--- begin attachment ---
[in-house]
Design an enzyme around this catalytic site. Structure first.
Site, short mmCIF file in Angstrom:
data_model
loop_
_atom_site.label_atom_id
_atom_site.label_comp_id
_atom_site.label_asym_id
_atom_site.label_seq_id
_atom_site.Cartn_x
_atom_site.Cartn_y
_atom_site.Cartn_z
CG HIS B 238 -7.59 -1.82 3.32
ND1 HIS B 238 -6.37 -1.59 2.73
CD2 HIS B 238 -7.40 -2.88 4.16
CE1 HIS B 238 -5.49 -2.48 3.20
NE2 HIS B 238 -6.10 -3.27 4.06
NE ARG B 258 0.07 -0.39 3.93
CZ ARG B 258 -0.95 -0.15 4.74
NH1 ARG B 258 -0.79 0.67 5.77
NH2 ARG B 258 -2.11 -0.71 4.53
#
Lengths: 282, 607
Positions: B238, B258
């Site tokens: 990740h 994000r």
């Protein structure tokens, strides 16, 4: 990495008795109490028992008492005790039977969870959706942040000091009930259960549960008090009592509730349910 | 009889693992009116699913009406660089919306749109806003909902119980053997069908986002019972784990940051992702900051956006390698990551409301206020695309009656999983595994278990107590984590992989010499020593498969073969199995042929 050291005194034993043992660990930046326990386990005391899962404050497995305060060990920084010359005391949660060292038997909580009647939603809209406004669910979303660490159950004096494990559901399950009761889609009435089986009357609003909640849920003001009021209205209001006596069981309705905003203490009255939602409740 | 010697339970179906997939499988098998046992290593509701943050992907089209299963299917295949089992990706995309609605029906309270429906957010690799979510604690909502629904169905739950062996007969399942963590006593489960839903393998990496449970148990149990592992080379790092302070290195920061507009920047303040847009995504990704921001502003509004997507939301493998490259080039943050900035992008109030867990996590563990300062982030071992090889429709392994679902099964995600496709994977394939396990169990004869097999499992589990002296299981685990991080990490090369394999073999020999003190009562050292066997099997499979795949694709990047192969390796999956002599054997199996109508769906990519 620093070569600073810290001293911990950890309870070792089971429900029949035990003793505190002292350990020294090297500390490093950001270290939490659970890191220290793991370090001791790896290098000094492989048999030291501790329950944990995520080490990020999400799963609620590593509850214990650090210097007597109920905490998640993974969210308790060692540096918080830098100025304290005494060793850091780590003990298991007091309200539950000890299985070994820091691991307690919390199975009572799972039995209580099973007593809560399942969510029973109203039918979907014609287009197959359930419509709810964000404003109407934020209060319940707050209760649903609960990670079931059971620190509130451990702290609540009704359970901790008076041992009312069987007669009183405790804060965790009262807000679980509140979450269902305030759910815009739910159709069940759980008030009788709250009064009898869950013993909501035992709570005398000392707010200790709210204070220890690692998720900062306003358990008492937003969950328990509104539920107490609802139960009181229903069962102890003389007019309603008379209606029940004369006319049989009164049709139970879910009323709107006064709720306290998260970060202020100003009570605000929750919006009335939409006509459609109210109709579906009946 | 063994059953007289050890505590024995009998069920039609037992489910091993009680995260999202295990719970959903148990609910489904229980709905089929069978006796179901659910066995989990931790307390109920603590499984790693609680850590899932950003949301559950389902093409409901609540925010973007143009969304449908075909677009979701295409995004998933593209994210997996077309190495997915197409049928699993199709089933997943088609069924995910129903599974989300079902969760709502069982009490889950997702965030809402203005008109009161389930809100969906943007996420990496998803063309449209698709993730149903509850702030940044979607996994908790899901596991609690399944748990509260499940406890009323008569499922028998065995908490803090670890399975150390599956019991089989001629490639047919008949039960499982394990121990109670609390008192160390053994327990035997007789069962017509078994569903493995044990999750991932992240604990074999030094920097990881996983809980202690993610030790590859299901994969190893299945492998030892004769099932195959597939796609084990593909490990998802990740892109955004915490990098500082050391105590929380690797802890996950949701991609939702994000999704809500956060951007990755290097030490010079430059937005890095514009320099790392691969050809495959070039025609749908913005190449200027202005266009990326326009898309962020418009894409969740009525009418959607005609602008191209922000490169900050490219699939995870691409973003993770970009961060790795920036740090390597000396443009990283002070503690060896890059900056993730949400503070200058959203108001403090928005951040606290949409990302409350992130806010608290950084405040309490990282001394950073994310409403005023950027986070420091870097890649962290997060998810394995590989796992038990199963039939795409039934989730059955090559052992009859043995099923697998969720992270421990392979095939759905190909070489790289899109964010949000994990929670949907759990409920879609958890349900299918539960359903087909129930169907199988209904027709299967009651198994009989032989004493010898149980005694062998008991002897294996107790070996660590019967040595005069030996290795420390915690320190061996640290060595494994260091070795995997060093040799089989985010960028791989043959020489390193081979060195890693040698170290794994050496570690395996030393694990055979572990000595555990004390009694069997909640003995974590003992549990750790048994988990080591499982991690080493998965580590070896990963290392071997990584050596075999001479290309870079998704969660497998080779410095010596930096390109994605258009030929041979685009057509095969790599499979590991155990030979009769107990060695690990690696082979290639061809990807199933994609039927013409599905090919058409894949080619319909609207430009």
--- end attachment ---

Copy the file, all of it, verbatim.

[in-house]
Design an enzyme around this catalytic site. Structure first.
Site, short mmCIF file in Angstrom:
data_model
loop_
_atom_site.label_atom_id
_atom_site.label_comp_id
_atom_site.label_asym_id
_atom_site.label_seq_id
_atom_site.Cartn_x
_atom_site.Cartn_y
_atom_site.Cartn_z
CG HIS B 238 -7.59 -1.82 3.32
ND1 HIS B 238 -6.37 -1.59 2.73
CD2 HIS B 238 -7.40 -2.88 4.16
CE1 HIS B 238 -5.49 -2.48 3.20
NE2 HIS B 238 -6.10 -3.27 4.06
NE ARG B 258 0.07 -0.39 3.93
CZ ARG B 258 -0.95 -0.15 4.74
NH1 ARG B 258 -0.79 0.67 5.77
NH2 ARG B 258 -2.11 -0.71 4.53
#
Lengths: 282, 607
Positions: B238, B258
């Site tokens: 990740h 994000r």
């Protein structure tokens, strides 16, 4: 990495008795109490028992008492005790039977969870959706942040000091009930259960549960008090009592509730349910 | 009889693992009116699913009406660089919306749109806003909902119980053997069908986002019972784990940051992702900051956006390698990551409301206020695309009656999983595994278990107590984590992989010499020593498969073969199995042929 050291005194034993043992660990930046326990386990005391899962404050497995305060060990920084010359005391949660060292038997909580009647939603809209406004669910979303660490159950004096494990559901399950009761889609009435089986009357609003909640849920003001009021209205209001006596069981309705905003203490009255939602409740 | 010697339970179906997939499988098998046992290593509701943050992907089209299963299917295949089992990706995309609605029906309270429906957010690799979510604690909502629904169905739950062996007969399942963590006593489960839903393998990496449970148990149990592992080379790092302070290195920061507009920047303040847009995504990704921001502003509004997507939301493998490259080039943050900035992008109030867990996590563990300062982030071992090889429709392994679902099964995600496709994977394939396990169990004869097999499992589990002296299981685990991080990490090369394999073999020999003190009562050292066997099997499979795949694709990047192969390796999956002599054997199996109508769906990519 620093070569600073810290001293911990950890309870070792089971429900029949035990003793505190002292350990020294090297500390490093950001270290939490659970890191220290793991370090001791790896290098000094492989048999030291501790329950944990995520080490990020999400799963609620590593509850214990650090210097007597109920905490998640993974969210308790060692540096918080830098100025304290005494060793850091780590003990298991007091309200539950000890299985070994820091691991307690919390199975009572799972039995209580099973007593809560399942969510029973109203039918979907014609287009197959359930419509709810964000404003109407934020209060319940707050209760649903609960990670079931059971620190509130451990702290609540009704359970901790008076041992009312069987007669009183405790804060965790009262807000679980509140979450269902305030759910815009739910159709069940759980008030009788709250009064009898869950013993909501035992709570005398000392707010200790709210204070220890690692998720900062306003358990008492937003969950328990509104539920107490609802139960009181229903069962102890003389007019309603008379209606029940004369006319049989009164049709139970879910009323709107006064709720306290998260970060202020100003009570605000929750919006009335939409006509459609109210109709579906009946 | 063994059953007289050890505590024995009998069920039609037992489910091993009680995260999202295990719970959903148990609910489904229980709905089929069978006796179901659910066995989990931790307390109920603590499984790693609680850590899932950003949301559950389902093409409901609540925010973007143009969304449908075909677009979701295409995004998933593209994210997996077309190495997915197409049928699993199709089933997943088609069924995910129903599974989300079902969760709502069982009490889950997702965030809402203005008109009161389930809100969906943007996420990496998803063309449209698709993730149903509850702030940044979607996994908790899901596991609690399944748990509260499940406890009323008569499922028998065995908490803090670890399975150390599956019991089989001629490639047919008949039960499982394990121990109670609390008192160390053994327990035997007789069962017509078994569903493995044990999750991932992240604990074999030094920097990881996983809980202690993610030790590859299901994969190893299945492998030892004769099932195959597939796609084990593909490990998802990740892109955004915490990098500082050391105590929380690797802890996950949701991609939702994000999704809500956060951007990755290097030490010079430059937005890095514009320099790392691969050809495959070039025609749908913005190449200027202005266009990326326009898309962020418009894409969740009525009418959607005609602008191209922000490169900050490219699939995870691409973003993770970009961060790795920036740090390597000396443009990283002070503690060896890059900056993730949400503070200058959203108001403090928005951040606290949409990302409350992130806010608290950084405040309490990282001394950073994310409403005023950027986070420091870097890649962290997060998810394995590989796992038990199963039939795409039934989730059955090559052992009859043995099923697998969720992270421990392979095939759905190909070489790289899109964010949000994990929670949907759990409920879609958890349900299918539960359903087909129930169907199988209904027709299967009651198994009989032989004493010898149980005694062998008991002897294996107790070996660590019967040595005069030996290795420390915690320190061996640290060595494994260091070795995997060093040799089989985010960028791989043959020489390193081979060195890693040698170290794994050496570690395996030393694990055979572990000595555990004390009694069997909640003995974590003992549990750790048994988990080591499982991690080493998965580590070896990963290392071997990584050596075999001479290309870079998704969660497998080779410095010596930096390109994605258009030929041979685009057509095969790599499979590991155990030979009769107990060695690990690696082979290639061809990807199933994609039927013409599905090919058409894949080619319909609207430009």